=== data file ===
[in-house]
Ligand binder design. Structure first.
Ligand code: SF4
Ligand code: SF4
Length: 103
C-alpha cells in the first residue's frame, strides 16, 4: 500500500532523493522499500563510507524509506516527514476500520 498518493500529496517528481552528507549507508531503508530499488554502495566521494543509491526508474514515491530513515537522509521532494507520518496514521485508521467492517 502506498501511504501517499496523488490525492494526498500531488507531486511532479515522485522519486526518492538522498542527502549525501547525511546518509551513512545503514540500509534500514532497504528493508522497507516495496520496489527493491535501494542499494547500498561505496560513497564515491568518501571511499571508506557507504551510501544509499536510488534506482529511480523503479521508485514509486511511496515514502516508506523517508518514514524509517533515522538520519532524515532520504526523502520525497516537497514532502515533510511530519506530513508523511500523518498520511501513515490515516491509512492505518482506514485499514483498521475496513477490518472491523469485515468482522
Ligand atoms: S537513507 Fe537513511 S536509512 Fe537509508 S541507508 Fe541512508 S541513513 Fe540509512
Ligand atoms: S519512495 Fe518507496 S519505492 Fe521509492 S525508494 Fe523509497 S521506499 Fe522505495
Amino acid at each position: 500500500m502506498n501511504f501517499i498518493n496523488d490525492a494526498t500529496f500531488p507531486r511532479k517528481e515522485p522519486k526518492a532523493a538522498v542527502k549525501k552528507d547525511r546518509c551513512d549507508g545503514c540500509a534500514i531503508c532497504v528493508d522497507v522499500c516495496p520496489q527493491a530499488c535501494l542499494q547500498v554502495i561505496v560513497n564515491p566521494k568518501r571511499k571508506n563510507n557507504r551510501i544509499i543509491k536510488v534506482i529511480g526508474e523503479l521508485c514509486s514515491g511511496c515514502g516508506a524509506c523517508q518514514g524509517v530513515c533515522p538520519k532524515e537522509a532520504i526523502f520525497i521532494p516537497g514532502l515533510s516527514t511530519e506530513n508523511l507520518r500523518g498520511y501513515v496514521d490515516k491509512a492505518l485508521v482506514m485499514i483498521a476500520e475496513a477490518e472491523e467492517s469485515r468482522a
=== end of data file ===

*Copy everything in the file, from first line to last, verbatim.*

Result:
[in-house]
Ligand binder design. Structure first.
Ligand code: SF4
Ligand code: SF4
Length: 103
C-alpha cells in the first residue's frame, strides 16, 4: 500500500532523493522499500563510507524509506516527514476500520 498518493500529496517528481552528507549507508531503508530499488554502495566521494543509491526508474514515491530513515537522509521532494507520518496514521485508521467492517 502506498501511504501517499496523488490525492494526498500531488507531486511532479515522485522519486526518492538522498542527502549525501547525511546518509551513512545503514540500509534500514532497504528493508522497507516495496520496489527493491535501494542499494547500498561505496560513497564515491568518501571511499571508506557507504551510501544509499536510488534506482529511480523503479521508485514509486511511496515514502516508506523517508518514514524509517533515522538520519532524515532520504526523502520525497516537497514532502515533510511530519506530513508523511500523518498520511501513515490515516491509512492505518482506514485499514483498521475496513477490518472491523469485515468482522
Ligand atoms: S537513507 Fe537513511 S536509512 Fe537509508 S541507508 Fe541512508 S541513513 Fe540509512
Ligand atoms: S519512495 Fe518507496 S519505492 Fe521509492 S525508494 Fe523509497 S521506499 Fe522505495
Amino acid at each position: 500500500m502506498n501511504f501517499i498518493n496523488d490525492a494526498t500529496f500531488p507531486r511532479k517528481e515522485p522519486k526518492a532523493a538522498v542527502k549525501k552528507d547525511r546518509c551513512d549507508g545503514c540500509a534500514i531503508c532497504v528493508d522497507v522499500c516495496p520496489q527493491a530499488c535501494l542499494q547500498v554502495i561505496v560513497n564515491p566521494k568518501r571511499k571508506n563510507n557507504r551510501i544509499i543509491k536510488v534506482i529511480g526508474e523503479l521508485c514509486s514515491g511511496c515514502g516508506a524509506c523517508q518514514g524509517v530513515c533515522p538520519k532524515e537522509a532520504i526523502f520525497i521532494p516537497g514532502l515533510s516527514t511530519e506530513n508523511l507520518r500523518g498520511y501513515v496514521d490515516k491509512a492505518l485508521v482506514m485499514i483498521a476500520e475496513a477490518e472491523e467492517s469485515r468482522a